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Rights Groups Take On Deportation Program

Action deprives illegal immigrants of a hearing and fails to address why they come, activists say.

August 30, 2004|Ann M. Simmons | Times Staff Writer

A growing protest over a voluntary repatriation program for Mexicans has spurred immigrant rights groups in Southern California to launch a campaign aimed at thwarting the initiative.

The $12-million program, which started in July and is a collaboration between the United States and Mexico, targets Mexicans caught illegally crossing America's southwestern border, many of whom trek across the Sonoran Desert. The migrants are picked up and subsequently offered a free flight from Tucson to Guadalajara or Mexico City, where they are given vouchers for bus rides home.

Pro-immigration activists argue that the initiative violates immigrants' right to a fair hearing before being deported, separates families and fails to address why so many Mexicans are willing to risk crossing illegally into the United States.

U.S. Customs and Border Protection officials said there were no plans to expand the repatriation program outside the Tucson area. But activists fear that may change.

"If there's no opposition, they always have the option of taking it to Texas and to California and expanding it inland," said Angela Sambrano, a representative for the Los Angeles Committee Against the Raids and for Rights of Immigrants. "We don't want them to get any idea that we would welcome an extension of [it]. That's why we want to stop it right now."

Sambrano recently joined delegations of other pro-immigration activists to deliver letters to Mexican consulates across the country -- including seven in California -- urging President Vicente Fox's administration to abandon support for the program. The protesters say that if their quest for dialogue fails, they may stage vigils and demonstrations.

Gloria Chavez, a spokeswoman for U.S. Customs and Border Protection, said the program was constantly being evaluated. But for now, two flights from Tucson would continue daily through the end of September. "We're still getting a number of people who have volunteered," she said.

Carlos de Icaza, Mexico's ambassador to the United States, said that as of Aug. 17, there have been 6,084 migrants repatriated to Mexico from the Tucson region.

U.S. officials say the program makes migrants less vulnerable to smugglers and other dangers as they try to cross the desert. And having access to transportation directly to their hometown -- instead of being stuck in squalid conditions in a border town -- may deter migrants from further attempts at returning north, the officials contend.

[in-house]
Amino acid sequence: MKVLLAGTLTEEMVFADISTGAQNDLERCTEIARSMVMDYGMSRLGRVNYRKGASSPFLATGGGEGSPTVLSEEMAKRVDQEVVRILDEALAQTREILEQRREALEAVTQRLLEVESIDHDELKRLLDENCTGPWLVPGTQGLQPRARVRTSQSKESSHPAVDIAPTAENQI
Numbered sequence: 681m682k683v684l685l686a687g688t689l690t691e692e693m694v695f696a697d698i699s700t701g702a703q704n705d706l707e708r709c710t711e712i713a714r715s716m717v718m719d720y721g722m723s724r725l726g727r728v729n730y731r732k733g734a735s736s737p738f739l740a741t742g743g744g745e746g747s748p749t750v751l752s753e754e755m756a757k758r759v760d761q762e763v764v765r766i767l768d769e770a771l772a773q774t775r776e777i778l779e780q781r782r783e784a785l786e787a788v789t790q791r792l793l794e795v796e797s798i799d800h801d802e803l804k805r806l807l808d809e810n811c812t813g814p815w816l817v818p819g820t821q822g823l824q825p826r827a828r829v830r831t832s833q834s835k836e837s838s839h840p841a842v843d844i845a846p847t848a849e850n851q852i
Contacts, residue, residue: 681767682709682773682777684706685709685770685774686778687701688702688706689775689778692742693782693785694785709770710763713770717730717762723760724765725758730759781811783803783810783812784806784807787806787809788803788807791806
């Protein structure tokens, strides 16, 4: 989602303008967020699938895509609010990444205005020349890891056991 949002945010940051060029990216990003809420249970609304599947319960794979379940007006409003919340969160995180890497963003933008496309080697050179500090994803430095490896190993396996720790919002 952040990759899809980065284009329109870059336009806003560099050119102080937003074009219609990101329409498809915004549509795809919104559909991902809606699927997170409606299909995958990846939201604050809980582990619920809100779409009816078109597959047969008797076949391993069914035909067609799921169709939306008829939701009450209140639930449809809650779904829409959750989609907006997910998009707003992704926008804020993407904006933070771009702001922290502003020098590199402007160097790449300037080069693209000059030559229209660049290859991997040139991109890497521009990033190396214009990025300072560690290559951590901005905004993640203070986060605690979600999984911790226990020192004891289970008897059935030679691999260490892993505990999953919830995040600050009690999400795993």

"The expectation is that this program will help to save lives," De Icaza said. "The program is working."

Between 2,500 and 2,700 migrants attempting to cross America's southwestern border are captured daily, U.S. officials said; and since October, 263 have died trying. Many succumb to dehydration, heat exhaustion, drowning or motor vehicle accidents.

Immigrant rights groups in California say such tragedies underscore why U.S. and Mexican authorities should channel resources into combating the job shortage in Mexico, one of the prime reasons migrants cross the border.

"As long as there is poverty south of the border and the need for cheap labor in the United States, you're going to have this problem," said Emilio Amaya, executive director of the San Bernardino Community Service Center, a not-for-profit group that provides social and legal assistance to immigrants in Riverside County. "We need to find a more reasonable approach to the migration problem."

"The immigration law is dysfunctional," Sambrano said. "It's broken, and it needs to be fixed so that it is easier for people to immigrate here legally."

The activists also contend that few migrants who are caught go home willingly. Instead, they say, U.S. immigration officials and Mexican consular officers force them to return.

"Border patrol officers have become de facto immigration judges," Sambrano said.

U.S. border protection officials disagree. They say that those caught are typically returned as soon as possible through their point of entry, and that few would qualify for political asylum.

Chavez said many who have attempted to cross were now thankful for a program that delivered them home -- all expenses paid.

"These volunteers are tired of living at the border," the official said. "They want to return to their home. We see it as a once in a lifetime opportunity to prevent the loss of life."

But critics say many migrants view a trip home as a temporary setback.

"It's nothing more than a shell game," said Jennifer Allen, executive director of Border Action Network, a Tucson-based immigration advocacy group. "It's just shifting migrants from place to place."

And many are simply not willing to stay put. "Sometimes, the same day, they already start their trip back to the United States," Sambrano said.

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